Sanitation is also a major concern for refugee women. Rwandan Marie Beatrice Umetesi, who experienced life in a Goma refugee camp following the 1994 genocide in Rwanda, recounted in her book Surviving the Slaughter the trauma and insecurity women faced because ‘those in charge of humanitarian aid had not thought of feminine hygiene’. More than one hundred people shared one toilet and women were forced to wash in the dark, covering themselves with a towel or clothing if someone passed by. Women had limited access to soap, washing their clothes was difficult and during menstruation, women were required to use old rags or skirts. There were other practical issues to deal with. Umetesi writes, ‘If you had the misfortune of having to move around during your period, you became chapped’ and ‘since men ran the camp, there were no private spaces where women could wash their laundry’.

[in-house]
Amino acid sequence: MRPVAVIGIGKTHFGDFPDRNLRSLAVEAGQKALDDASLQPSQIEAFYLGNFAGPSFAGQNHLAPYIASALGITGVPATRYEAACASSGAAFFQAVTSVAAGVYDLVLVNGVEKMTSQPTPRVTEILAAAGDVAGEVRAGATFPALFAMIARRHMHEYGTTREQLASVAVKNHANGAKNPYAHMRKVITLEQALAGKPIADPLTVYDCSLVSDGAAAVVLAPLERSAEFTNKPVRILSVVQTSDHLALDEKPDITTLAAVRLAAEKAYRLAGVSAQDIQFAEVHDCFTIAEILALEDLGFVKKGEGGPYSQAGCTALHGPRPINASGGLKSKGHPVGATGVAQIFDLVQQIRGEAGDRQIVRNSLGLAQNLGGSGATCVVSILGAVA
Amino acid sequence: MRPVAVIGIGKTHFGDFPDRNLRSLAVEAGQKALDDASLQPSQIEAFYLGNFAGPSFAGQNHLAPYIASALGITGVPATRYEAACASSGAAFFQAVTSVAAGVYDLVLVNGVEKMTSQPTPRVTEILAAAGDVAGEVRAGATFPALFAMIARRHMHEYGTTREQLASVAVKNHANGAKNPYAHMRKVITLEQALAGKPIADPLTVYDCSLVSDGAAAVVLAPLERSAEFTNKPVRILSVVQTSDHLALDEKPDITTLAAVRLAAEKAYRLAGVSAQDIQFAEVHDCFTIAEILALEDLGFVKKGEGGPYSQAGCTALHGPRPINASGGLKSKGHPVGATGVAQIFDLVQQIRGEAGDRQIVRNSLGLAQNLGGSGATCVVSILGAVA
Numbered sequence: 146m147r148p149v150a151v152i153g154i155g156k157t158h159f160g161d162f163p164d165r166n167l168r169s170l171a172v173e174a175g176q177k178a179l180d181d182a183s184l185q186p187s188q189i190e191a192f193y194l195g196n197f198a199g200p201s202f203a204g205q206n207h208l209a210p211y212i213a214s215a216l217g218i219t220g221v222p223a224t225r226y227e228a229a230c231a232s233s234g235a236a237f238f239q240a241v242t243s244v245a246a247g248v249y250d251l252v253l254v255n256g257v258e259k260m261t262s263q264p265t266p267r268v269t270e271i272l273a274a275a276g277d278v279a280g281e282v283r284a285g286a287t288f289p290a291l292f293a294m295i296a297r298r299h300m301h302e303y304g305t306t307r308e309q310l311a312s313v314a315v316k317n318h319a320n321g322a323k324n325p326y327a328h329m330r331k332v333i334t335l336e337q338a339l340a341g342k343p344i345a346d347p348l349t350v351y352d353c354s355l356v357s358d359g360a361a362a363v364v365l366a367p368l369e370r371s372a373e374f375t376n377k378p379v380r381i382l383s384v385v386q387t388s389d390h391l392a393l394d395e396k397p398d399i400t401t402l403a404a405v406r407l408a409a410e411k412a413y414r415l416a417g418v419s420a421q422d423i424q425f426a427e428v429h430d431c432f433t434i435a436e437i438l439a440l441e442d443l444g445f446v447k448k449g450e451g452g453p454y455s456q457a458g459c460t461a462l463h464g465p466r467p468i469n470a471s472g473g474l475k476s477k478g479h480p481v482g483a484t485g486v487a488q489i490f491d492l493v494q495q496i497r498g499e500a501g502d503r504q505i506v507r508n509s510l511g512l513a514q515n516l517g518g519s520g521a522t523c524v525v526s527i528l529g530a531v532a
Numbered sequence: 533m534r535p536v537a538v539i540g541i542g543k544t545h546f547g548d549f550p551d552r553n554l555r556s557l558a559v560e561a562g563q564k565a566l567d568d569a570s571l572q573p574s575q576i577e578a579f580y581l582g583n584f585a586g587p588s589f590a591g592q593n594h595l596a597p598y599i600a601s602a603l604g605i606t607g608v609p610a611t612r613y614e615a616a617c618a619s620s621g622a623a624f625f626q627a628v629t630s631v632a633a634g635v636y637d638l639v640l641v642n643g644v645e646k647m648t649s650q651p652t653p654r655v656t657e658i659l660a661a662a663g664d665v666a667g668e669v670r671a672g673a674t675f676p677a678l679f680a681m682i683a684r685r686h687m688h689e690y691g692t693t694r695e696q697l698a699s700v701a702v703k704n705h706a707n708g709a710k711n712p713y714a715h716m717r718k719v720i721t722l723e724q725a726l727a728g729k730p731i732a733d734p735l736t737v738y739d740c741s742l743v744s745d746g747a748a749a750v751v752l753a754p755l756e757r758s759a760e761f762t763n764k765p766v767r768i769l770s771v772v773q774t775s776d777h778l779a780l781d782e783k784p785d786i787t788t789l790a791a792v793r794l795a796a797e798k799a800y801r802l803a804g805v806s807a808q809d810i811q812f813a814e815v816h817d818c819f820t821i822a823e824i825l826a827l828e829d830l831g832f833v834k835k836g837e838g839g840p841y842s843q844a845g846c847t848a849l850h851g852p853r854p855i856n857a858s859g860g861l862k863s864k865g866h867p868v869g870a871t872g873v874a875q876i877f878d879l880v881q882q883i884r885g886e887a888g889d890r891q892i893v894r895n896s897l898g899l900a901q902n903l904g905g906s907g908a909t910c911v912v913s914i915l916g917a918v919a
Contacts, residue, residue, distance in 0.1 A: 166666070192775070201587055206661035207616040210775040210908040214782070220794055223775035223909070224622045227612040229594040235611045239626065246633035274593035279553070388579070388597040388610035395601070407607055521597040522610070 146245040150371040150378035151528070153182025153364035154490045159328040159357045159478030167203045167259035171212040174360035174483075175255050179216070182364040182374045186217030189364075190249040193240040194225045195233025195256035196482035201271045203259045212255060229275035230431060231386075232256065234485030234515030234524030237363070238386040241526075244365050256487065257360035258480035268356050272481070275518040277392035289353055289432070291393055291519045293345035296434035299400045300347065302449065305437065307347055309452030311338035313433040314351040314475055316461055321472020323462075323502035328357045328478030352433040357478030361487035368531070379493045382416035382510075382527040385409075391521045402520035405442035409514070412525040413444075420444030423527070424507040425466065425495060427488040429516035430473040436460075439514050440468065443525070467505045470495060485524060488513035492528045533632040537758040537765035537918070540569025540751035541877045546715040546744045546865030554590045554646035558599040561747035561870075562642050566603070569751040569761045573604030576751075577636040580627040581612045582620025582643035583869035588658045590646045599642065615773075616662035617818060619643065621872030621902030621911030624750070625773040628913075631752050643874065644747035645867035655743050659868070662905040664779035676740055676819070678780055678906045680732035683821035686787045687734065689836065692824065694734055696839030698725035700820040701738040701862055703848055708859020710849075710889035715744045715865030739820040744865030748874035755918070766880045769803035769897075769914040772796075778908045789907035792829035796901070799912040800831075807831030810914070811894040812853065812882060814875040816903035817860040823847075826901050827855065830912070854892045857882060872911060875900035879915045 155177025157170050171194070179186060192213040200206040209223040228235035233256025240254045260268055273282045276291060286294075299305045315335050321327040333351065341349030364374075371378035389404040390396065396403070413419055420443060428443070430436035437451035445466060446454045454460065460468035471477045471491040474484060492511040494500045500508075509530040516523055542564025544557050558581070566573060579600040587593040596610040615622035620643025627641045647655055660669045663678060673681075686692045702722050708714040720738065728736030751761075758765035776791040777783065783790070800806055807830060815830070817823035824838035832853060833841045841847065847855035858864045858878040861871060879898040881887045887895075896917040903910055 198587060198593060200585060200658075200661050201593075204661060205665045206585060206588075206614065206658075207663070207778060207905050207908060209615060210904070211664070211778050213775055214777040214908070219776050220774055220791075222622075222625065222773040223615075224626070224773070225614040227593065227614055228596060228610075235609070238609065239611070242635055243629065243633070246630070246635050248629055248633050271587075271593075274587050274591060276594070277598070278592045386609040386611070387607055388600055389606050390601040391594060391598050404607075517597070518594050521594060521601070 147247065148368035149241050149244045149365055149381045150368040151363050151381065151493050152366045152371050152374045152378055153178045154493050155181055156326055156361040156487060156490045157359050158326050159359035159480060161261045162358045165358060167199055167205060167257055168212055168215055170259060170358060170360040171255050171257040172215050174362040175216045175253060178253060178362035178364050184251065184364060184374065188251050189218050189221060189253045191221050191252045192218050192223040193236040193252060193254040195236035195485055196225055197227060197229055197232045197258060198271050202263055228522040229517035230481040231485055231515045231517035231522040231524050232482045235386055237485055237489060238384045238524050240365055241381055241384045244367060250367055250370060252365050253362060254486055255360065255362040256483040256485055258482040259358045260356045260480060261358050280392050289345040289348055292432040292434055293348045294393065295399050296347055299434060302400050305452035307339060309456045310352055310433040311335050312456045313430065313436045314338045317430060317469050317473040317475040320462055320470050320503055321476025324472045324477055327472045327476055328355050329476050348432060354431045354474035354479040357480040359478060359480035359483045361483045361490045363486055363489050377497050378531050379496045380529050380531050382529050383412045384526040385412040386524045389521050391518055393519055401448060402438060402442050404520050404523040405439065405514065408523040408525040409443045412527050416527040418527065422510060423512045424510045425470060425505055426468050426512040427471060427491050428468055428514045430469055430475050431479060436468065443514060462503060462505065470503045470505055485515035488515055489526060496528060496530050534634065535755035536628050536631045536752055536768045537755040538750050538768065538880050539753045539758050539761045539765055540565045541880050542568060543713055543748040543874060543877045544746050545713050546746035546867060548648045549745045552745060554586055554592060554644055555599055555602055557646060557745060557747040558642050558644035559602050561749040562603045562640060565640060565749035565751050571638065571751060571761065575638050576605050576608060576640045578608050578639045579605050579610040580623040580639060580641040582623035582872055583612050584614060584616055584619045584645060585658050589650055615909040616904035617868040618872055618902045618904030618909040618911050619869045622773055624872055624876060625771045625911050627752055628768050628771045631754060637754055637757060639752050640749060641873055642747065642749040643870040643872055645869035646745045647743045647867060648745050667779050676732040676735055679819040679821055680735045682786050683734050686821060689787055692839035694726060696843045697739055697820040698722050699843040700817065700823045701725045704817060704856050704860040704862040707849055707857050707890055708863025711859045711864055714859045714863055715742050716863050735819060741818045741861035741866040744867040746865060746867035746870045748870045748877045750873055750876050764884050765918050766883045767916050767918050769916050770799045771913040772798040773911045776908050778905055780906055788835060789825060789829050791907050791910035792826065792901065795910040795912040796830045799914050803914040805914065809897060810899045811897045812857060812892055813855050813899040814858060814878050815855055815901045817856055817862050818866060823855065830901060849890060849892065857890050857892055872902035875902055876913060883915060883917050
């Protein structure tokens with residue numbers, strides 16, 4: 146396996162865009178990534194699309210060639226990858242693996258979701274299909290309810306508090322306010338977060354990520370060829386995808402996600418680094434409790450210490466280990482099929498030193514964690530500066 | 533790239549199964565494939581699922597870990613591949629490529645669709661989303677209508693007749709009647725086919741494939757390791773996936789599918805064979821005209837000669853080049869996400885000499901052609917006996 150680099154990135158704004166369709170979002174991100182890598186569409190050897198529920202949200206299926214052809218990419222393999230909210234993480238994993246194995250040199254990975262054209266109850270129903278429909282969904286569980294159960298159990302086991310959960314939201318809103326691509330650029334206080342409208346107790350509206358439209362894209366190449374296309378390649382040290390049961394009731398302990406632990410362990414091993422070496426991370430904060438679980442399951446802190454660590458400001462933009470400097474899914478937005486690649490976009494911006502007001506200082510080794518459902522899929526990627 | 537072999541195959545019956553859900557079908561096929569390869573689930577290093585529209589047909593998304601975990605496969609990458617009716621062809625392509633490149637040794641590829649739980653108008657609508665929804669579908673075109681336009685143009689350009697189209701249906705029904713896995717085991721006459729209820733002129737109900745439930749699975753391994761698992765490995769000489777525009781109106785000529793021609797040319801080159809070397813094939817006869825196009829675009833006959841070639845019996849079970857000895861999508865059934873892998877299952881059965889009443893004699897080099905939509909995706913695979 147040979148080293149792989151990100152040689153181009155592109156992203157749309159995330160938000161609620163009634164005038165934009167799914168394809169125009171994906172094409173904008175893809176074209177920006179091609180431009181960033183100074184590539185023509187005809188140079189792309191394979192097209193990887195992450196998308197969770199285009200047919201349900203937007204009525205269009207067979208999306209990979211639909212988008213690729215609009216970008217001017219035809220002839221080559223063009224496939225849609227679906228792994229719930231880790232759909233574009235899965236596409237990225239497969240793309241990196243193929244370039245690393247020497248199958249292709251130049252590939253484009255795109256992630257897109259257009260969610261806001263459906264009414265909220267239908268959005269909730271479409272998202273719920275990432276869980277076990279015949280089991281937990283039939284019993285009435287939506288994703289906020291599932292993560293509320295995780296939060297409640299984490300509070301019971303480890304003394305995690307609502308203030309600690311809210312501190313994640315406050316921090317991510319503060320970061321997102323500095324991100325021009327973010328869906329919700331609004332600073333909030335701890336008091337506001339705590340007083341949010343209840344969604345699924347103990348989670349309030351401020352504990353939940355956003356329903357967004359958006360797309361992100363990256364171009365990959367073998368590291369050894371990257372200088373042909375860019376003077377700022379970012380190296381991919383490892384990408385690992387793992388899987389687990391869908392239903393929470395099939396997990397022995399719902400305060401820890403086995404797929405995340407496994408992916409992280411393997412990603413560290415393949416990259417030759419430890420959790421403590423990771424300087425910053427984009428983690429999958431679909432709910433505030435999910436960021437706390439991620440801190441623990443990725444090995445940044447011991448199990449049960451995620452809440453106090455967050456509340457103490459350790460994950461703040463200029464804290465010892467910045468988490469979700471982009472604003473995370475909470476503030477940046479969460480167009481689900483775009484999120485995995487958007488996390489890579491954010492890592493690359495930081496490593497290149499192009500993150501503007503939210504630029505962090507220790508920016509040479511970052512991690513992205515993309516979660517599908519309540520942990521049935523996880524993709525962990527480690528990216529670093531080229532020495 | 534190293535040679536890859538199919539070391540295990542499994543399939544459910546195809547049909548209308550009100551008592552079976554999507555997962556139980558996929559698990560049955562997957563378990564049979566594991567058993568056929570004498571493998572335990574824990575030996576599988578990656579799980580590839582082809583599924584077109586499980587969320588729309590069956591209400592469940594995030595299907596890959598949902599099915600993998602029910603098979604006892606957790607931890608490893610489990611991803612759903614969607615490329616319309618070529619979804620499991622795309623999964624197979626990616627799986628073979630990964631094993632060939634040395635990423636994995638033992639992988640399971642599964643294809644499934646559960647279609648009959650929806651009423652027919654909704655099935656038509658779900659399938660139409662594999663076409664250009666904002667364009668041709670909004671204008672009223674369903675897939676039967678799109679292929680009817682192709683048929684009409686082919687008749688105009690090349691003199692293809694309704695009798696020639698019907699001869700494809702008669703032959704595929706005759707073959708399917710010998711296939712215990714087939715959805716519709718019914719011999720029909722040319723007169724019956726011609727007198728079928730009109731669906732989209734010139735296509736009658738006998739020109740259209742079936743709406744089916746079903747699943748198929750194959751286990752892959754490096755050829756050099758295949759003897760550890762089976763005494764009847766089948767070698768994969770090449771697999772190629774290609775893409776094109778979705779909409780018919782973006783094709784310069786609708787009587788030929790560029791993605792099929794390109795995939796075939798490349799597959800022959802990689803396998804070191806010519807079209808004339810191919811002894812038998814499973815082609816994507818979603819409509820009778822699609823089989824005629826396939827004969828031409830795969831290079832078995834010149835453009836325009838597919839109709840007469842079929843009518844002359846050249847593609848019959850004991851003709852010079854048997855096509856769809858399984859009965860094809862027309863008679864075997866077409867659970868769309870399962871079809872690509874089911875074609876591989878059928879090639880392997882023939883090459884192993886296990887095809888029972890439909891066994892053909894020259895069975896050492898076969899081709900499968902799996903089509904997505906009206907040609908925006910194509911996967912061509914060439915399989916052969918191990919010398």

She continues, ‘We had to wash [clothes] late at night or early in the morning in front of our blindés [tents]. The bloody water snaked in rivulets between the blindés…and made bloody little puddles. To add to the discomfort of the situation, many women were obliged to wash these bloody rags in the same pots in which they prepared food for their families’.